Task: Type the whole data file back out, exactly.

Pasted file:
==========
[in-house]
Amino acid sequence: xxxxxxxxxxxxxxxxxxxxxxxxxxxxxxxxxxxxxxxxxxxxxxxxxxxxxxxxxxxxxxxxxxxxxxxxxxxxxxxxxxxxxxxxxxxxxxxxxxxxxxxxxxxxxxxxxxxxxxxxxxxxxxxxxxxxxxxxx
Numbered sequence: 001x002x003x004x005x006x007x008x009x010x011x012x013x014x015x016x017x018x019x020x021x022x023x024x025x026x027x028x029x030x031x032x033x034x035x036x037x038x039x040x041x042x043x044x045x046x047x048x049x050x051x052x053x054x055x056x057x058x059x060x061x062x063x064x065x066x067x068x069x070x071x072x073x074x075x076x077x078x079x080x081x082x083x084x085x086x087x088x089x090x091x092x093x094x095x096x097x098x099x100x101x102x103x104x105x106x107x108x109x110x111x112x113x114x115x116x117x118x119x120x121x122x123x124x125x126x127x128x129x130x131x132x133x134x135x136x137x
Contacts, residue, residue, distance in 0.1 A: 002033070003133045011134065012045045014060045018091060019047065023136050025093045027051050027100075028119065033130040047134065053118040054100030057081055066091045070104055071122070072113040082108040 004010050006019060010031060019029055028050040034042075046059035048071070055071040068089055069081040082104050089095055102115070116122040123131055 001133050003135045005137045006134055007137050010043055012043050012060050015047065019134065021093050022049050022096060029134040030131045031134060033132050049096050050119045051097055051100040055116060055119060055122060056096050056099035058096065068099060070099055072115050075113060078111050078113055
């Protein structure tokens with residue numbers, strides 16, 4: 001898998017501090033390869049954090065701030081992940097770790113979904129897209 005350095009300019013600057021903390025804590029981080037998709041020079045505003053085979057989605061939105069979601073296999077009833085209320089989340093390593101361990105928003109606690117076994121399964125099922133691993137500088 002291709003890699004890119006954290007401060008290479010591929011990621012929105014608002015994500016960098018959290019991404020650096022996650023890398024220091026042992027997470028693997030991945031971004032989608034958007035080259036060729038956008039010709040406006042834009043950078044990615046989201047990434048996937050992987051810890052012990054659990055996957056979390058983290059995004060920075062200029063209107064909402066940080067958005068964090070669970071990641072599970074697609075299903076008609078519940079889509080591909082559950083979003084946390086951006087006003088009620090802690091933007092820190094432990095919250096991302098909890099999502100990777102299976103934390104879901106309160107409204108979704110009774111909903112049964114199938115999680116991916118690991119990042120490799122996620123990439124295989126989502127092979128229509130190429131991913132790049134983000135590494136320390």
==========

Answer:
[in-house]
Amino acid sequence: xxxxxxxxxxxxxxxxxxxxxxxxxxxxxxxxxxxxxxxxxxxxxxxxxxxxxxxxxxxxxxxxxxxxxxxxxxxxxxxxxxxxxxxxxxxxxxxxxxxxxxxxxxxxxxxxxxxxxxxxxxxxxxxxxxxxxxxxx
Numbered sequence: 001x002x003x004x005x006x007x008x009x010x011x012x013x014x015x016x017x018x019x020x021x022x023x024x025x026x027x028x029x030x031x032x033x034x035x036x037x038x039x040x041x042x043x044x045x046x047x048x049x050x051x052x053x054x055x056x057x058x059x060x061x062x063x064x065x066x067x068x069x070x071x072x073x074x075x076x077x078x079x080x081x082x083x084x085x086x087x088x089x090x091x092x093x094x095x096x097x098x099x100x101x102x103x104x105x106x107x108x109x110x111x112x113x114x115x116x117x118x119x120x121x122x123x124x125x126x127x128x129x130x131x132x133x134x135x136x137x
Contacts, residue, residue, distance in 0.1 A: 002033070003133045011134065012045045014060045018091060019047065023136050025093045027051050027100075028119065033130040047134065053118040054100030057081055066091045070104055071122070072113040082108040 004010050006019060010031060019029055028050040034042075046059035048071070055071040068089055069081040082104050089095055102115070116122040123131055 001133050003135045005137045006134055007137050010043055012043050012060050015047065019134065021093050022049050022096060029134040030131045031134060033132050049096050050119045051097055051100040055116060055119060055122060056096050056099035058096065068099060070099055072115050075113060078111050078113055
């Protein structure tokens with residue numbers, strides 16, 4: 001898998017501090033390869049954090065701030081992940097770790113979904129897209 005350095009300019013600057021903390025804590029981080037998709041020079045505003053085979057989605061939105069979601073296999077009833085209320089989340093390593101361990105928003109606690117076994121399964125099922133691993137500088 002291709003890699004890119006954290007401060008290479010591929011990621012929105014608002015994500016960098018959290019991404020650096022996650023890398024220091026042992027997470028693997030991945031971004032989608034958007035080259036060729038956008039010709040406006042834009043950078044990615046989201047990434048996937050992987051810890052012990054659990055996957056979390058983290059995004060920075062200029063209107064909402066940080067958005068964090070669970071990641072599970074697609075299903076008609078519940079889509080591909082559950083979003084946390086951006087006003088009620090802690091933007092820190094432990095919250096991302098909890099999502100990777102299976103934390104879901106309160107409204108979704110009774111909903112049964114199938115999680116991916118690991119990042120490799122996620123990439124295989126989502127092979128229509130190429131991913132790049134983000135590494136320390």